Bay Area Brewing Backroads

Day 1: The plane reached the gate at Oakland International at 1 AM, hours late due to poor performance on the part of United Airlines. Memories of the Rio Grande Desert Pils at Albuquerque Sunport's Route 66 Microbrewery and the Fat Tire at DIA's B concourse had long since faded. The closed rental car counters were just the beginning, even the hotel lounges were shutting down faster than they could be located. The morning faired better, after transportation was obtained. Destination: Lake County, a few hours north of the Bay Area. The first stop was Downtown Joe's at 902 Main Street in Napa. After the agonizingly slow traffic on Route 29 along winery row, it was time for a beer.

The brewpub is easy to find and, surprisingly, so is parking. From the outdoor patio the meandering Napa River is in easy view. After sampling the six brews, tasting the pasta, and getting a quick tour of the 7 bbl system by assistant brewer Lance, it was time to move on. Fortunately there was time to select a few choice brands from the 260 bottled beers available across the street at Geezers. Next stop: Calistoga.

The Napa Valley Brewing Company is located at the Calistoga Inn where Route 29 meets Hwy 128. The small patio bar allows for sampling their five beers, conversing with out-of-state visitors, and viewing yet another portion of the Napa River. The four tasted beers were clean and flavorful, the Barley Wine was left for another occasion that wouldn't require piloting up the winding mountain roads in competition with oncoming logging trucks for territorial rights to the center line.

With final lodging secured it was time for some serious tasting. The chosen location was Mount St. Helena Brewing Company in the sleepy village of Middletown. Its pizza parlor atmosphere was unimposing and accommodating. Their full range of beers; Honey Wheat, Pale Ale, Brown, and Imperial Stout, all went well with the filling pizzas and pastas.

Day 2: With the craft beer presence in Sonoma minimal, the decision to head west seemed appropriate. Destination: Sebastapol, the former apple-growing community just east of the coast. The daunting one-way streets and perplexing street signs provoked a stop for directions at Main Street Bar & Grille. Just to be polite, I ordered an Acme Brown Ale and documented the advised route to the Powerhouse Brewpub two blocks away. Good news; building spotted. Bad news; they don't open for lunch until noon! Once inside, the first impression is formed from the spacious, open design offering seated views of the decorated bar, stainless steel brewing system, and outdoor patios. Flavors ranged from subdued to bold across styles that included Wheat, Blonde Ale, ESB, IPA, Porter, and Powerhouse Ale Winter Warmer. The ex-streetcar power station is attracting appreciative locals and visitors in its latest incarnation, supported by old-fashioned Grundy brewing vessels whose life and dimensions have been extended by expert welders in neighboring Santa Rosa.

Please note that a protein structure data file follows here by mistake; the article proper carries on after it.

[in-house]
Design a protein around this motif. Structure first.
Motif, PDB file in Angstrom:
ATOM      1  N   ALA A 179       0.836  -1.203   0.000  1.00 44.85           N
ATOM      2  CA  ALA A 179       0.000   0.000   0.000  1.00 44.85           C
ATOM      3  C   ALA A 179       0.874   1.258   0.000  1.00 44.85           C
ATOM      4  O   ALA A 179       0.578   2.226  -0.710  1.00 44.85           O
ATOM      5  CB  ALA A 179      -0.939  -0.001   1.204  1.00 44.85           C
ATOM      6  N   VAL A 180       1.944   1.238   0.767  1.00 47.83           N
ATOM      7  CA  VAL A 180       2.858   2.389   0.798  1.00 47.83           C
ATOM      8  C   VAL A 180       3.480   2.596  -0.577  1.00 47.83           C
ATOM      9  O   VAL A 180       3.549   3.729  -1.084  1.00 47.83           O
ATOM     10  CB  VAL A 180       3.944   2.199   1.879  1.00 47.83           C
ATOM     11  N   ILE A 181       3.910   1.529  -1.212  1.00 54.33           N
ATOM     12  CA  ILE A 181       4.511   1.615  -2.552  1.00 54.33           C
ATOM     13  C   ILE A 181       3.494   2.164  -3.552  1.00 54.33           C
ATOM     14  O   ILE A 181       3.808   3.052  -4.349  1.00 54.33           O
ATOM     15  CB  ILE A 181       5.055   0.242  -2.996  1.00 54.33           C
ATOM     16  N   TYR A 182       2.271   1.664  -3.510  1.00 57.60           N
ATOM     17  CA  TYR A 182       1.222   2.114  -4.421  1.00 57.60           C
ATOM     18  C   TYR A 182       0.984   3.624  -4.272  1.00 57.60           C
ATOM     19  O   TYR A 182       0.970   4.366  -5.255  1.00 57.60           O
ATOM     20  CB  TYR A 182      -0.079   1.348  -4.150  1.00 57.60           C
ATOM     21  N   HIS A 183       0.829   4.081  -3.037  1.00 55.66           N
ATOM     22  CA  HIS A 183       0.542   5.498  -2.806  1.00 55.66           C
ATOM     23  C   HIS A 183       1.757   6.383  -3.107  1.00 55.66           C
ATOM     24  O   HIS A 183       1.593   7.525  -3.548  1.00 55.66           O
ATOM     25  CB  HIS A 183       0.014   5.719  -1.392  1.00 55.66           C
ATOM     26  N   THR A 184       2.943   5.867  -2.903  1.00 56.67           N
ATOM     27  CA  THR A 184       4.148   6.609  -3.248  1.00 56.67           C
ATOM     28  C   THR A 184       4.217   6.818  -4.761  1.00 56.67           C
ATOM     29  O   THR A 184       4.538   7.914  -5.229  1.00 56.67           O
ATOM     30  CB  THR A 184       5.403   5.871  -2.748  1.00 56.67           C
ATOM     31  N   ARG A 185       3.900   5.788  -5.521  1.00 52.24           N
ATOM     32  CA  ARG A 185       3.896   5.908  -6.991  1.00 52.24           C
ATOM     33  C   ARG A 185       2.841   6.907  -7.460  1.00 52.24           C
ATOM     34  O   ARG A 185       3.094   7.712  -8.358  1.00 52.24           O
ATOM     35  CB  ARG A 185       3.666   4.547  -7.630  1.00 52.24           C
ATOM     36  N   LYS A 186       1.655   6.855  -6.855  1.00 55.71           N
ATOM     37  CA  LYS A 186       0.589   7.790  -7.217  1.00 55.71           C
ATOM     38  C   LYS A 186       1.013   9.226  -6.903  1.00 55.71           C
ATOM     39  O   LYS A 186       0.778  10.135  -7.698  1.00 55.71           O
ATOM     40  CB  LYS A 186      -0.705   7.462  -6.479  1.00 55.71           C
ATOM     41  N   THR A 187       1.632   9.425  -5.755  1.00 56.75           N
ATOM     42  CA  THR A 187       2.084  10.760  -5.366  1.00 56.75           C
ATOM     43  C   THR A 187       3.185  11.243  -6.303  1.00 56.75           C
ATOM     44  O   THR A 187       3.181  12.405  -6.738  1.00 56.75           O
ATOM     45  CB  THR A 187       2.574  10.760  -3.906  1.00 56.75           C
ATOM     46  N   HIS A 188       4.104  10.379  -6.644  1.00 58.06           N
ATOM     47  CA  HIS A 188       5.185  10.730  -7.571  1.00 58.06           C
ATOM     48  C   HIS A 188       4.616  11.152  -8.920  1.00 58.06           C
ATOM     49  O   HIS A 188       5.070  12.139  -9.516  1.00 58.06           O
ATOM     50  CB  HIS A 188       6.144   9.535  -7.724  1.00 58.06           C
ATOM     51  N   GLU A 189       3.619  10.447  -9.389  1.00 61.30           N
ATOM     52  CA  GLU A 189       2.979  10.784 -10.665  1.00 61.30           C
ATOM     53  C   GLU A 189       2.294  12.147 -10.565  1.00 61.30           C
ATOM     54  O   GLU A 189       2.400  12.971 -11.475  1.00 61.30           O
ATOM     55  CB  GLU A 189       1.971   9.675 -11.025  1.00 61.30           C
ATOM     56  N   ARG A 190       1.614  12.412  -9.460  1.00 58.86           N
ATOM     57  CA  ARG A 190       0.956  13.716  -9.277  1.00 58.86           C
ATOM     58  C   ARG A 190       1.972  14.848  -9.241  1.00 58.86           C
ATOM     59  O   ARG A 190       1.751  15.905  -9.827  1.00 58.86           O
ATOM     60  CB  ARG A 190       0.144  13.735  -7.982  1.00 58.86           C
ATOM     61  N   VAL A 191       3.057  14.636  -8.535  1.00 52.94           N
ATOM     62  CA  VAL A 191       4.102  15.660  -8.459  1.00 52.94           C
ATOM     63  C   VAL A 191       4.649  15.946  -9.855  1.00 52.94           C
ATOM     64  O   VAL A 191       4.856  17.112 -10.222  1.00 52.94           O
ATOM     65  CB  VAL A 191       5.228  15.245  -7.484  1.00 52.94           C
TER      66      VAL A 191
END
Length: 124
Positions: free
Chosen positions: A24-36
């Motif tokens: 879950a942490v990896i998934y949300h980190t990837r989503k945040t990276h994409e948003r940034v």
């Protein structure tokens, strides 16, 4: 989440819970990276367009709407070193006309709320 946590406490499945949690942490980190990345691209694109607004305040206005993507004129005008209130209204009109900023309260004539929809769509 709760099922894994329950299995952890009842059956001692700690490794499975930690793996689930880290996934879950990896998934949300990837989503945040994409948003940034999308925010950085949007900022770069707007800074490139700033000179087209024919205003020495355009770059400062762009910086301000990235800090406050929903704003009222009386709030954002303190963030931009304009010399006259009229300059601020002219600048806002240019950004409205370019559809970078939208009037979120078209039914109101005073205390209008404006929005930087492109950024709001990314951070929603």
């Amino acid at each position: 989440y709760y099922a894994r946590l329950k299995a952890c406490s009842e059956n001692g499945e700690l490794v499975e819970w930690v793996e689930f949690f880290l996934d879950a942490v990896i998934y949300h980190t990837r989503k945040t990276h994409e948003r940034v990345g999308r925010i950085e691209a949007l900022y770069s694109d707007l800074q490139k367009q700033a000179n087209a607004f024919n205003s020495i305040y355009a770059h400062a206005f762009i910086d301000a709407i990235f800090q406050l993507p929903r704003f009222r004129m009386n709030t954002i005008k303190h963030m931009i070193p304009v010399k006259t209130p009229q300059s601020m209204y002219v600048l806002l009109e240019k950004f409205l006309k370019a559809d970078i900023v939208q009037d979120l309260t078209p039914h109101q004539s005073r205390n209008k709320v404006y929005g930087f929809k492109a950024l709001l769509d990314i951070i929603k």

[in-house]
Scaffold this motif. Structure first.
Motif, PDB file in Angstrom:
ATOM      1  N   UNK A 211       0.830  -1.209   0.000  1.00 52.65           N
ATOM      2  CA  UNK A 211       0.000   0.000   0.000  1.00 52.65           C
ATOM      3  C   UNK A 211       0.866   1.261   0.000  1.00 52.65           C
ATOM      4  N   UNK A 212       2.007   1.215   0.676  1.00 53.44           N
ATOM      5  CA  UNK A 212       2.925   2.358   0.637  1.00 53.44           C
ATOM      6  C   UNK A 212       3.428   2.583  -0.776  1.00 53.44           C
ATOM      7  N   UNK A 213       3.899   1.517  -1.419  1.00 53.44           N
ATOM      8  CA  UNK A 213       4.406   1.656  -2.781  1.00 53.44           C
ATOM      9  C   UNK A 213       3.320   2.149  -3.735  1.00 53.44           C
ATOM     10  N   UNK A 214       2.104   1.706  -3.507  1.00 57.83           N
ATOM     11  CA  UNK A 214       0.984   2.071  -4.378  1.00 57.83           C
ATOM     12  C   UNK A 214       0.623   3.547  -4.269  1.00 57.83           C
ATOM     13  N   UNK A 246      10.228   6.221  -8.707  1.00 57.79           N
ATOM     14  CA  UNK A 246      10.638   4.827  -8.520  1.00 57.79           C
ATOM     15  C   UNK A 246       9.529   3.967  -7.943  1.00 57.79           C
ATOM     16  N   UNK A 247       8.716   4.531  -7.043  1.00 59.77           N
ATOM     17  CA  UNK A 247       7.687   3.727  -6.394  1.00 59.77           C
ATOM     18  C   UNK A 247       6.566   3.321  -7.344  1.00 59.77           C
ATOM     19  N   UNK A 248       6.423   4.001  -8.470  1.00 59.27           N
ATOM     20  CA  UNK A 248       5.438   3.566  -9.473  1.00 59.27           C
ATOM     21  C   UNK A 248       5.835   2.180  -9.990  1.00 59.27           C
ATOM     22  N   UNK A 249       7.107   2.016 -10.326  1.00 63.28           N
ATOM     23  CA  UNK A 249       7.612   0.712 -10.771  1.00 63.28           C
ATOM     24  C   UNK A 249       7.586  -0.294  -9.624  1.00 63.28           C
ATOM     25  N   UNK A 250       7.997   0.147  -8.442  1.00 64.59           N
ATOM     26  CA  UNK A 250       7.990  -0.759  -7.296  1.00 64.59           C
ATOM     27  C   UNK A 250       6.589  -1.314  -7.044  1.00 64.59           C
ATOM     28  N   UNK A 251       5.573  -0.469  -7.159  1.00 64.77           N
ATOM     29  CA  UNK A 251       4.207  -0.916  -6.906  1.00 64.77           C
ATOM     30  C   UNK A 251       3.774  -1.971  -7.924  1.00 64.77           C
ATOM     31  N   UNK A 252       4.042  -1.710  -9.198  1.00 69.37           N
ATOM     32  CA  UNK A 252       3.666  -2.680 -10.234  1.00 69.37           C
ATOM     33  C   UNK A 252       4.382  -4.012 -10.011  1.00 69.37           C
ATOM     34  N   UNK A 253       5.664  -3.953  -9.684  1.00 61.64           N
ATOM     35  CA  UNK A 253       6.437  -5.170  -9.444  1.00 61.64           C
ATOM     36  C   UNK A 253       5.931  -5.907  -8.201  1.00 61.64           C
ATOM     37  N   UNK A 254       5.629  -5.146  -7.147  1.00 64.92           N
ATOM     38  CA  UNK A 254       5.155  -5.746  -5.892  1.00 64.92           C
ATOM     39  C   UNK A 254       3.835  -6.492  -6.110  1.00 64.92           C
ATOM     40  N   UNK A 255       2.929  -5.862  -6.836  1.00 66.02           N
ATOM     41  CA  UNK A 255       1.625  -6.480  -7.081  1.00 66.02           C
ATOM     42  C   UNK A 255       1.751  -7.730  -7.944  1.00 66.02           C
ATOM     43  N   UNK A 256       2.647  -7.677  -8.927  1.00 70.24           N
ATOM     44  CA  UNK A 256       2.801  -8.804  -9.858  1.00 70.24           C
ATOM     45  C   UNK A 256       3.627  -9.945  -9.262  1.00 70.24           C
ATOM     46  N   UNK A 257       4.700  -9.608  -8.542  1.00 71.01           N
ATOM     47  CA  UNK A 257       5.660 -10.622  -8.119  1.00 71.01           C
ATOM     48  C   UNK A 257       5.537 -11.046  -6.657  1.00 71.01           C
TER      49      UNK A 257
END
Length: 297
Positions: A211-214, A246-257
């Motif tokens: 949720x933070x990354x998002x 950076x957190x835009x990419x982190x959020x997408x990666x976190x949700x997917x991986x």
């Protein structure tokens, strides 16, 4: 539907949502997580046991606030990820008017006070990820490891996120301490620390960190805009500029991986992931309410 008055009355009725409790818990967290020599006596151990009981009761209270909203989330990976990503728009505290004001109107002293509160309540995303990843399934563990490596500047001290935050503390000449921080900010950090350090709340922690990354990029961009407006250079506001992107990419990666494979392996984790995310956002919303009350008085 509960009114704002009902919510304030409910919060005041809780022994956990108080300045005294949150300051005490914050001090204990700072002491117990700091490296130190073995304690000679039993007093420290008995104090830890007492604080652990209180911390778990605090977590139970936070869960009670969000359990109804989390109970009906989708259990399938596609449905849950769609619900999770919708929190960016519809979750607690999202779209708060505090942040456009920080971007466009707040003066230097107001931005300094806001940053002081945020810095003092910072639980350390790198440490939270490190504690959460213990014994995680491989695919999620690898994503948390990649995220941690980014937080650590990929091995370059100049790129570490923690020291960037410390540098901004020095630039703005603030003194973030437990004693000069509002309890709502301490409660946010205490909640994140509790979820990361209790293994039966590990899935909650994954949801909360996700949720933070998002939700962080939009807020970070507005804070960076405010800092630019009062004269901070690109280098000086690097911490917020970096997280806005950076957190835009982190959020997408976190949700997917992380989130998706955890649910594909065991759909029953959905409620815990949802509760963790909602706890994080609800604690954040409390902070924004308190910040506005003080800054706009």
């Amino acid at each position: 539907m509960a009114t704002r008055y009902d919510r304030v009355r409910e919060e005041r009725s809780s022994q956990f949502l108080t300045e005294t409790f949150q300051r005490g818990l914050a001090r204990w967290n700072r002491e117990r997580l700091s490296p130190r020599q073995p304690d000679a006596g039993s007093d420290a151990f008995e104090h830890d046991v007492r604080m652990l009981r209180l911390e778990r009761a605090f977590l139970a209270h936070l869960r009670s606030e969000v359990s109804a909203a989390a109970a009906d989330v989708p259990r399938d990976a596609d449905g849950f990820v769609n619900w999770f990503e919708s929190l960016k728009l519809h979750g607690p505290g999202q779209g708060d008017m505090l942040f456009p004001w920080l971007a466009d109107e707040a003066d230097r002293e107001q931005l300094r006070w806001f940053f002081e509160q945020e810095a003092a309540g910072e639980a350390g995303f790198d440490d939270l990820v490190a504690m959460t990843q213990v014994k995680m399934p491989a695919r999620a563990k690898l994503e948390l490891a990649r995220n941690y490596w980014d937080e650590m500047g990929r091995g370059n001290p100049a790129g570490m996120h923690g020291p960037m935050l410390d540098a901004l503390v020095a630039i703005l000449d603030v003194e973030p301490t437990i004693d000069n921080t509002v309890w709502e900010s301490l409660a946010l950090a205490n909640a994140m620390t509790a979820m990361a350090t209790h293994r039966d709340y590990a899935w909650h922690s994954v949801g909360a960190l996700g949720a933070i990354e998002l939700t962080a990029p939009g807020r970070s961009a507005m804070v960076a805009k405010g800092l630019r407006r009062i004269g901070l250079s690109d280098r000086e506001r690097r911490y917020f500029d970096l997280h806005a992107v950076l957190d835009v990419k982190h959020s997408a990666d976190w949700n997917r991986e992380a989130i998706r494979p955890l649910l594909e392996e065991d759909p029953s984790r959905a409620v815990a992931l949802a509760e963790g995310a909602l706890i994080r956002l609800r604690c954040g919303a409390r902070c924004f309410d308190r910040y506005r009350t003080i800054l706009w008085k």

Continuing toward the Russian River area, signs soon appeared announcing Korbel Champagne Cellars. Only the informed realize that "there's beer in them thar hills", specifically in the shiny new copper Liquid Assets brewhouse. Following the public facility tour the deli and bar appeared very accommodating. Their four beers are poured from non-distinct handles adjacent to the walls of bottled champagne. The shaded outdoor deck makes it hard to resist the temptation to buy a little cheese, a fresh baguette of French bread, and then settle down with good company and a good bottle. These beers should soon find their way into distribution.

After the filling day it was now time to think about happy hour. Although nearby Santa Rosa has a great beer bar called The Rose, I opted to visit Santa Rosa Brewing company in the downtown district. For a Friday after work time period the place was dead. No one at the dartboards, no one watching the sports TVs, and no one seated in the German bier hall area or the cozier pub lounge near the brewhouse. After trying and liking most of their beers it was time to find a place to stay and get the car stationary.